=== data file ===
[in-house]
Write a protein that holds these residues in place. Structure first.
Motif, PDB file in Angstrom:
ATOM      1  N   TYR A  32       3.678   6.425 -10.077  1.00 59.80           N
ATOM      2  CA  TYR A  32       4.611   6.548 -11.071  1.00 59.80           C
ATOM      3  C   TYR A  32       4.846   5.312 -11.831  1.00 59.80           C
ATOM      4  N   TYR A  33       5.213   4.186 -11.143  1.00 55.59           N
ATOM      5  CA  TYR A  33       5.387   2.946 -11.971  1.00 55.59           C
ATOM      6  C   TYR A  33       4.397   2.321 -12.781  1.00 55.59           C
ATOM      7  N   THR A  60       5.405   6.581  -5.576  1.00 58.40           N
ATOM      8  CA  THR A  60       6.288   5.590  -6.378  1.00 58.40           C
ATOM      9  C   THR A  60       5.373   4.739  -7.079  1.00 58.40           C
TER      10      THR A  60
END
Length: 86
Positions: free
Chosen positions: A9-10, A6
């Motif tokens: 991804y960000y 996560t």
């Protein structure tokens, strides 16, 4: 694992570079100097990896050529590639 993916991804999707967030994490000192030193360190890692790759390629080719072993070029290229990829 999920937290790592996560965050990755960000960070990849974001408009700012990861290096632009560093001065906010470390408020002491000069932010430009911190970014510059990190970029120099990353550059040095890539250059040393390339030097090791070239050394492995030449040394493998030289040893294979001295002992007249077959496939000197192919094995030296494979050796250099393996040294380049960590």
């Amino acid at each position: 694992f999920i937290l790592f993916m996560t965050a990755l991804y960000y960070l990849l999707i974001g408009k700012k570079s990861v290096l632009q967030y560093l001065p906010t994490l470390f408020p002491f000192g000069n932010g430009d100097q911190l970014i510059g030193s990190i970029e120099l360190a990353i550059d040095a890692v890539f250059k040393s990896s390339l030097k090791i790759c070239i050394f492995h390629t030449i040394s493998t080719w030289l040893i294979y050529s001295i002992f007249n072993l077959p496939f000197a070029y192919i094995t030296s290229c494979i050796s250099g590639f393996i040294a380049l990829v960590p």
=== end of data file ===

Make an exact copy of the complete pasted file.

[in-house]
Write a protein that holds these residues in place. Structure first.
Motif, PDB file in Angstrom:
ATOM      1  N   TYR A  32       3.678   6.425 -10.077  1.00 59.80           N
ATOM      2  CA  TYR A  32       4.611   6.548 -11.071  1.00 59.80           C
ATOM      3  C   TYR A  32       4.846   5.312 -11.831  1.00 59.80           C
ATOM      4  N   TYR A  33       5.213   4.186 -11.143  1.00 55.59           N
ATOM      5  CA  TYR A  33       5.387   2.946 -11.971  1.00 55.59           C
ATOM      6  C   TYR A  33       4.397   2.321 -12.781  1.00 55.59           C
ATOM      7  N   THR A  60       5.405   6.581  -5.576  1.00 58.40           N
ATOM      8  CA  THR A  60       6.288   5.590  -6.378  1.00 58.40           C
ATOM      9  C   THR A  60       5.373   4.739  -7.079  1.00 58.40           C
TER      10      THR A  60
END
Length: 86
Positions: free
Chosen positions: A9-10, A6
């Motif tokens: 991804y960000y 996560t």
């Protein structure tokens, strides 16, 4: 694992570079100097990896050529590639 993916991804999707967030994490000192030193360190890692790759390629080719072993070029290229990829 999920937290790592996560965050990755960000960070990849974001408009700012990861290096632009560093001065906010470390408020002491000069932010430009911190970014510059990190970029120099990353550059040095890539250059040393390339030097090791070239050394492995030449040394493998030289040893294979001295002992007249077959496939000197192919094995030296494979050796250099393996040294380049960590």
């Amino acid at each position: 694992f999920i937290l790592f993916m996560t965050a990755l991804y960000y960070l990849l999707i974001g408009k700012k570079s990861v290096l632009q967030y560093l001065p906010t994490l470390f408020p002491f000192g000069n932010g430009d100097q911190l970014i510059g030193s990190i970029e120099l360190a990353i550059d040095a890692v890539f250059k040393s990896s390339l030097k090791i790759c070239i050394f492995h390629t030449i040394s493998t080719w030289l040893i294979y050529s001295i002992f007249n072993l077959p496939f000197a070029y192919i094995t030296s290229c494979i050796s250099g590639f393996i040294a380049l990829v960590p």